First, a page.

Owner and manager of the Lion and Bright, Sean Gallagher and friend shown with "campers" in the background on the restaurant tables. PHOTO: S Gallagher

Restaurant owner takes a drastic measure against wi-fi “campers”

Many businesses now offer free wi-fi as a customer service, but, how many times have you seen people in a coffee shop, a restaurant, or elsewhere who are occupying a space alone and silently staring into their laptop screens or smart phones. It seems like they may have been there for quite some time and the single coffee they ordered is either long gone, or cold.

They don’t buy much and they take up that space creating an invisible wall around them, often for long periods..

Sean Gallagher owns a café/bistro/restaurant, and he says they were hurting his business, especially the image.  He didn’t want to refuse them, but had to take drastic measures to change their ways by making the business less laptop friendly


In the business they are called “campers” or perhaps the less delicate “wi-fi hogs”.  These are the people who sit in coffee shops taking advantage of the free wi-fi.

Sean Gallagher is the owner manager of the Lion and Bright in Halifax, Nova Scotia.

Sean and friends showing original long “harvest” tables and the original concept of a community space where friends and strangers could meet and engage in conversation over drinks and food. Gallagher says he wanted to create a space away from screens, for downtime and especially in the evenings, a place to unwind. PHOTO: supplied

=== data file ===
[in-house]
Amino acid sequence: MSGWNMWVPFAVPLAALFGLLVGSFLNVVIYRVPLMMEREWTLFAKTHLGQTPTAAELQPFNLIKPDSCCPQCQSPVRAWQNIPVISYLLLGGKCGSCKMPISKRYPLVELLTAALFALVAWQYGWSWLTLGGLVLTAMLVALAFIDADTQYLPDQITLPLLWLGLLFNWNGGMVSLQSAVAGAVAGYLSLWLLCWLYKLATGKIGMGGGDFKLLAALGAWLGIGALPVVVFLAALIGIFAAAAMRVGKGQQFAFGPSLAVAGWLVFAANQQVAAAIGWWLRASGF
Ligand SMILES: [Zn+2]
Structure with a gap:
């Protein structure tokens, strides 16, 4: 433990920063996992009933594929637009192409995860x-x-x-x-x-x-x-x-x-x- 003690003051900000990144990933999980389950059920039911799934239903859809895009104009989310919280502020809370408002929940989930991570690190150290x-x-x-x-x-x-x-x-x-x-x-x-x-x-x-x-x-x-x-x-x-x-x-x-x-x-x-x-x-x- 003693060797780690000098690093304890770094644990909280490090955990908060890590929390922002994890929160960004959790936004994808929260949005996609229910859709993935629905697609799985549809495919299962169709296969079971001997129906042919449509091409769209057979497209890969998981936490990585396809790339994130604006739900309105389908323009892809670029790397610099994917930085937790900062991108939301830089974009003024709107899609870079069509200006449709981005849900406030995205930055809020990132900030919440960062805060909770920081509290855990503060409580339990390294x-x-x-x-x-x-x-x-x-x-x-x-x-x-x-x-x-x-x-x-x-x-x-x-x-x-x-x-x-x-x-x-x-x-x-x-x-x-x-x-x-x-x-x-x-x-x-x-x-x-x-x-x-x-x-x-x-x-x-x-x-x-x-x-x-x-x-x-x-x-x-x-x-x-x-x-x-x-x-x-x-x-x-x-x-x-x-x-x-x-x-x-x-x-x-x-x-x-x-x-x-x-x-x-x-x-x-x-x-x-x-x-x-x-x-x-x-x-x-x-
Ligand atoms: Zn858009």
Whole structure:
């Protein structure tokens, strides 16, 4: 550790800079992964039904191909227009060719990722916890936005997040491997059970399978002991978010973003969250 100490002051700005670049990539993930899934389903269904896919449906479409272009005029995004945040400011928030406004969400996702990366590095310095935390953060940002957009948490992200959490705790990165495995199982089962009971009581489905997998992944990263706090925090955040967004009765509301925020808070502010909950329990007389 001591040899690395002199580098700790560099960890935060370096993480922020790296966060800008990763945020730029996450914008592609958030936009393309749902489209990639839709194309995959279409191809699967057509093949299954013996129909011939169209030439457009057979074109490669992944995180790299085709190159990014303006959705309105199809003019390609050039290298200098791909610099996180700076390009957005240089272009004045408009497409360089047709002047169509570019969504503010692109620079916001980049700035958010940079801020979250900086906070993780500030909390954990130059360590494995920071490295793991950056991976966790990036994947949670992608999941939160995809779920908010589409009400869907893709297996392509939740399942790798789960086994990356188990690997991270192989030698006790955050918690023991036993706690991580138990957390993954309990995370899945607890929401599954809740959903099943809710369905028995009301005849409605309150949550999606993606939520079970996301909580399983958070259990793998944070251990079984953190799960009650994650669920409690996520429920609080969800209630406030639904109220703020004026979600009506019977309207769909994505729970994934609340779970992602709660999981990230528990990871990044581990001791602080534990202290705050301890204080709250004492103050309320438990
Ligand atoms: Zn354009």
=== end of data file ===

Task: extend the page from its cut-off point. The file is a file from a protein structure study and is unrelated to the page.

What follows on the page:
Now in its fourth year he wants his café/bistro/restaurant operation to be a community space for conversations, and live events and exhibition spaces but the loner campers were “spoiling the vibe” he says.

He says instead of inspiring conversations in a community atmosphere, they were turning it into a library, discouraging couples and groups from coming in for conversations and idea exchanges.

The revised arrangement screen users are not refused but instead directed to the stand up expresso bar, or the high bar stools and tables, with no screens after 5. PHOTO: S Gallagher

He tried persuasion saying no screens after 5 p.m., but there was resistance from campers who engaged in tedious esoteric arguments with his staff and often posted nasty comments online. So he took more drastic measures, making it somewhat less user-friendly for “campers’.

He took a week in January to drastically change the setup, with more formal separation of spaces. The long harvest tables were cut up into smaller four place tables.. He also initiated assigned seating so that if a potential camper comes in during the day, the person is directed  by the “host” to a specific area at the expresso cafe bar, either to stand at the high tables, or sit on high hard stools. They are also clearly told upon entering that there will be no screens after 5 p.m.

Patrons seated in the restaurant section with the long park bench seat along the wall. Reaction to the move to control “campers” has been generally praised by patrons. PHOTO: S Gallagher

It may not now be exactly his initial vision, given the requirements of the market and the interior layout change, but it’s getting back to what his initial vision of encouraging a meeting place for people in the community. He says most reaction to the change has been quite positive from guests and other business people. He also says he ignores the negative comments online made by anonymous campers.

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